Three years ago an official report concluded that coaching is the “golden thread” leading to international success, but new Uefa data shows that there are only 2,769 English coaches holding Uefa’s B, A and Pro badges, its top qualifications. Spain has produced 23,995, Italy 29,420, Germany 34,970 and France 17,588.

Between them those four nations have provided eight of the 12 finalists at all the World Cups and European Championships since 1998. England, meanwhile, have not appeared in a tournament final in 44 years.

I want to draw your attention to an article in The Guardian newspaper which might offer a clue as to the World Cup trophy’s likely destination in a month’s time.

You can read the article here but the key points are summarised below:

There are 2.25 million players in England and only one Uefa-qualified coach for every 812 people playing the game. Spain, the World Cup favourites, have 408,134 players, giving a ratio of 1:17. In Italy, the world champions, the ratio is 1:48, in France it is 1:96, Germany 1:150 and even Greece, the Euro 2004 winners, have only 180,000 registered players for their 1,100 coaches, a ratio of 1:135.

The numbers are fairly damning, but the most important point in all this is the lack of opportunity that coaches in England have to progress on the coaching pathway.

Uefa’s census in July 2006 found there to be 1,430 Uefa B-qualified coaches in England, 397 with the A badge and only 45 with Pro licences. In the October 2009 study those numbers had crept up to 1,759, to 895 and to 115 respectively.

In my experience UEFA ‘B’ Licence courses are too infrequent and prohibitively expensive for many grassroots coaches to attend off their own back. There is, rightly, an impetus for junior football clubs to first fund unqualified coaches on FA Level 1 and sometimes FA Level 2 coaching courses. But the fact that there is this backlog of coaches at all, despite football being the most established grassroots sport in the country, is evidence of a systematic failure to support coach education over an extended period of time.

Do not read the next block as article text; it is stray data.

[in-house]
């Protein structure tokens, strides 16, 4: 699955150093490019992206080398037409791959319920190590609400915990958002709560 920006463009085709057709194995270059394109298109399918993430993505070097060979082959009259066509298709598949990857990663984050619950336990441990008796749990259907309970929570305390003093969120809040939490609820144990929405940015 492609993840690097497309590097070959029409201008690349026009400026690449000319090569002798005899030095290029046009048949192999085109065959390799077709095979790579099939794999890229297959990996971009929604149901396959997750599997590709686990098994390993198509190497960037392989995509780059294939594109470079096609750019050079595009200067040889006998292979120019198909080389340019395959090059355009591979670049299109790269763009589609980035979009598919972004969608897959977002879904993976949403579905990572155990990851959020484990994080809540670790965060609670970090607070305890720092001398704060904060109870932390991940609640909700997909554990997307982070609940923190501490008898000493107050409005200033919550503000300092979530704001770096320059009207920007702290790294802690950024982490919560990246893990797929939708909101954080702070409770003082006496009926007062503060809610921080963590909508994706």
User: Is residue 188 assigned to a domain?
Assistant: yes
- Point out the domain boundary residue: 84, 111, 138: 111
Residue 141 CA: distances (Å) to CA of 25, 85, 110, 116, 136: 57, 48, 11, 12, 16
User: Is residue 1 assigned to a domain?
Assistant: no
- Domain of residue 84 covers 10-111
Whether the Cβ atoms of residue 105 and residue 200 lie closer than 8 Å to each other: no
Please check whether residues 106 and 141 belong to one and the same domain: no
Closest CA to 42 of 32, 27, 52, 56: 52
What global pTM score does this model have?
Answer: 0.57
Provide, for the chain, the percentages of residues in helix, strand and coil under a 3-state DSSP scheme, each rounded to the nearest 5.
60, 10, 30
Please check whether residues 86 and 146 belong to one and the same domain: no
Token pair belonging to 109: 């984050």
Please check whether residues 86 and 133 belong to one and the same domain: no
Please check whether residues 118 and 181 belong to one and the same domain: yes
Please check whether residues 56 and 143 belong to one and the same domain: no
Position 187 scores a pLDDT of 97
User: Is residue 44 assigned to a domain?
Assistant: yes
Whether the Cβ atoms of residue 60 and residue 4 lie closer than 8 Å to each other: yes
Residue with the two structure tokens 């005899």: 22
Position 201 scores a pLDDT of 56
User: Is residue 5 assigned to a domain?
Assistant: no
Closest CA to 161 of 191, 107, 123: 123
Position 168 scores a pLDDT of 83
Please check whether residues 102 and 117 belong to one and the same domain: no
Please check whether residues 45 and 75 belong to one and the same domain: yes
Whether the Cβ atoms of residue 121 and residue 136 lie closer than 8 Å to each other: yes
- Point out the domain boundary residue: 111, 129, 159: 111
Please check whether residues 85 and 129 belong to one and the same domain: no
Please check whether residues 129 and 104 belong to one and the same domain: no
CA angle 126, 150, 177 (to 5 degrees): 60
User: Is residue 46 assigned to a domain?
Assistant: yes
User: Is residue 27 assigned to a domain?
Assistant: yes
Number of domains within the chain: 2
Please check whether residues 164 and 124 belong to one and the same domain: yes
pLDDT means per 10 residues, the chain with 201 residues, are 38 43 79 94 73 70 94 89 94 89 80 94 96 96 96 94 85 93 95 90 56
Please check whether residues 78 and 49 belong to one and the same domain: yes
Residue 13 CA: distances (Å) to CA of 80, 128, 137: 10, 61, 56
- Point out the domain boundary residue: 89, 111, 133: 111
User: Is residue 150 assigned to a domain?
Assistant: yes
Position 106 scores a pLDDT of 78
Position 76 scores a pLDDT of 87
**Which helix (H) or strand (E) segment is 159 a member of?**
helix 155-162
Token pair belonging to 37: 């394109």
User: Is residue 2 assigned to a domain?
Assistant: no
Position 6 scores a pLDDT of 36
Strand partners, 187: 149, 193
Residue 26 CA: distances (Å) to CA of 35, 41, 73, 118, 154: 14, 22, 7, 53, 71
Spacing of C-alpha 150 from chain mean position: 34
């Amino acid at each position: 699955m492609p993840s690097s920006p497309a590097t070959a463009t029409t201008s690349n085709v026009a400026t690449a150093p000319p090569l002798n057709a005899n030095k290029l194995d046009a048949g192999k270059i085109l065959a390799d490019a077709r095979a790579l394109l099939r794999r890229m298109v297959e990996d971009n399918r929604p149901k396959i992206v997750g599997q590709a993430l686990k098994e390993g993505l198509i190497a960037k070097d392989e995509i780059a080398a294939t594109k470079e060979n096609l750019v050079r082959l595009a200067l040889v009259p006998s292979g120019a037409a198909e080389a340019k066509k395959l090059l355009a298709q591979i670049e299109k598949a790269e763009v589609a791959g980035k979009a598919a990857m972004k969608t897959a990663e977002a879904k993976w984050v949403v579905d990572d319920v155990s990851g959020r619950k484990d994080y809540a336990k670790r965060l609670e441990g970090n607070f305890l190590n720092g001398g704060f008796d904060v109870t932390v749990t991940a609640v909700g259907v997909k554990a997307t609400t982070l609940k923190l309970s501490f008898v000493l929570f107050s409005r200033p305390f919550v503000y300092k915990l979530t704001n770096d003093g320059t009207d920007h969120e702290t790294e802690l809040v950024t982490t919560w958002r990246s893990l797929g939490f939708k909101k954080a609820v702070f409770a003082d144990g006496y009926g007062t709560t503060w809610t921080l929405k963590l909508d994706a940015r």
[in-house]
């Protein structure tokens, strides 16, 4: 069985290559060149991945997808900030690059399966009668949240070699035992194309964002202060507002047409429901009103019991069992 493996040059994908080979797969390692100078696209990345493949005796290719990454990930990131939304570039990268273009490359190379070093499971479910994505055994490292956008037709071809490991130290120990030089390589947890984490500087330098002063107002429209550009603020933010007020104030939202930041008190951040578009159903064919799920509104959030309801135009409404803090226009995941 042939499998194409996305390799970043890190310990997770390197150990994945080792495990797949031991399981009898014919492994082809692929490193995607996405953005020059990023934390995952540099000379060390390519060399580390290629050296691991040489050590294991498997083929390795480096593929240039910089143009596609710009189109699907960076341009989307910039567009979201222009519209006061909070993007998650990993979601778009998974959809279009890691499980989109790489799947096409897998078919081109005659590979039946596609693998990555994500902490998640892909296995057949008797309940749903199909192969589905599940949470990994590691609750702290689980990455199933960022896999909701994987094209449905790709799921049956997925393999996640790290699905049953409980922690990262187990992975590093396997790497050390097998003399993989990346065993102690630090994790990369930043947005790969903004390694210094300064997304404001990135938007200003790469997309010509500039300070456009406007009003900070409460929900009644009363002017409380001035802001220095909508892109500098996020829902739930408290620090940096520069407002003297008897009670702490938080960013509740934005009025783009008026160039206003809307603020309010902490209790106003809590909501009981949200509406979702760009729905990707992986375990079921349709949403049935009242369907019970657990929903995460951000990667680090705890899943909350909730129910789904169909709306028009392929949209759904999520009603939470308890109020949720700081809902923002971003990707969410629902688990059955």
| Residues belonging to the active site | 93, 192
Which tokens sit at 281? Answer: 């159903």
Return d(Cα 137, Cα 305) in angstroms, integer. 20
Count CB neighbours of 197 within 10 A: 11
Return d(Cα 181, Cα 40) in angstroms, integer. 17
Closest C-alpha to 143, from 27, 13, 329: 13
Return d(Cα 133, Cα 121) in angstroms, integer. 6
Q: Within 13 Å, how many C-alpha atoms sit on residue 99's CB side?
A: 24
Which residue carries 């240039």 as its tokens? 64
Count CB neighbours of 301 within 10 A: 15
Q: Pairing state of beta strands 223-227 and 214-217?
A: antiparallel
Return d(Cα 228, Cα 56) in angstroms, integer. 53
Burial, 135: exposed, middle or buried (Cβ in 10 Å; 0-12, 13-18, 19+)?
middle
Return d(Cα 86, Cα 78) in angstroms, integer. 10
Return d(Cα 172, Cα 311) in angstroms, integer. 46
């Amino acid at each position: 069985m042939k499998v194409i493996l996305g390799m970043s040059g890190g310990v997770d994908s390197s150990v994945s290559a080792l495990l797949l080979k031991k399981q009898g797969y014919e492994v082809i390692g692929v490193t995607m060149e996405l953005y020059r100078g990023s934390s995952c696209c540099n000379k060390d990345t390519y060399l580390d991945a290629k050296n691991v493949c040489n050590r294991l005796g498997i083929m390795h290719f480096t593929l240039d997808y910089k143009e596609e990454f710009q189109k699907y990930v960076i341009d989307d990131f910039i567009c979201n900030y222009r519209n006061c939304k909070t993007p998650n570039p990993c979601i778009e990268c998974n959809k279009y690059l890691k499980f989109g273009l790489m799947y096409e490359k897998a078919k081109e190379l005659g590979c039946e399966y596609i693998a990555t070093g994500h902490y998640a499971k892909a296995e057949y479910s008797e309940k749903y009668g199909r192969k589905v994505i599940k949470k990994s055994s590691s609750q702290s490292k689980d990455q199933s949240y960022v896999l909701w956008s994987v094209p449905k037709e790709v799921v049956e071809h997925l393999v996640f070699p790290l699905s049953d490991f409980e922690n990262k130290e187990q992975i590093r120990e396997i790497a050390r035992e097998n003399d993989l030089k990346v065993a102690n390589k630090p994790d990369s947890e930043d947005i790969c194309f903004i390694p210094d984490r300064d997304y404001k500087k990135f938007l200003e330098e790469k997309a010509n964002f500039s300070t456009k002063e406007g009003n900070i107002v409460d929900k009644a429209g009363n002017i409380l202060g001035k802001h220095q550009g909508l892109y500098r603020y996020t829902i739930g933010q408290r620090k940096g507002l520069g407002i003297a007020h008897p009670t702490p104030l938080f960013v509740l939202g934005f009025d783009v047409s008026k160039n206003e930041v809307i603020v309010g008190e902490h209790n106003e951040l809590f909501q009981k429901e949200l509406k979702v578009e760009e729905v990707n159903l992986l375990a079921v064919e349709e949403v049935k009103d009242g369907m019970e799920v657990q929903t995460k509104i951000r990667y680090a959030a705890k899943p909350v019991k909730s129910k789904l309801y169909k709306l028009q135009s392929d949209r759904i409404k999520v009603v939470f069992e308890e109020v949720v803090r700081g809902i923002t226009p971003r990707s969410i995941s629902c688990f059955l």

Spain have almost as many Pro-licensed coaches as there are English coaches of any stripe: 2,140 as against 2,769. Again, the ratios of available Pro-licensed coaches to players show an alarming gulf between England and the top-ranked football nation – 1:190 in Spain, 1:19,565 here.

At the current rate of progress it will take 123 years for England’s resource of Pro-licensed coaches to match Spain’s today.

The investment in junior sport in Spain, which is reflected in their successful nationwide deportivo system, is paying dividends at the top of many sports besides football – Spain are one of the top-ranked nations in Tennis, Basketball, Cycling, Hockey, and Golf.

Unfortunately the economic situation makes it increasingly unlikely that we will ever see anything like the wholesale investment in sport that Spain has enjoyed. So instead it’s going to be down to coaches like you and me to redress the imbalance.

If watching the World Cup gets you excited about coaching next season – or if England get knocked out and you feel that gut-wrenching bewilderment at their repeated failure – then look at the numbers and take heart that you can be somebody who makes a real difference; there are around 100,000 coaches in organised football in England (whether qualified or not) and so taking the initiative, saving up for a few months and paying for your own UEFA ‘B’ licence, will instantly put you above 97% of your peers. (And, if it is your aim, there are genuine opportunities to work full-time in football if you have a UEFA coaching badge.)

“There is a link between coaching and quality. The timing of this is really important: the World Cup will bring this to a head, particularly if England do badly. How you do internationally is a proper reflection of your nation’s youth development.” – PFA Chief Executive Gordon Taylor

For your country’s future yes, but more importantly for your players today, let’s make a commitment. Let’s get a higher qualification than the one we currently hold by this time next year.

Photo Credit: Johnny Vulkan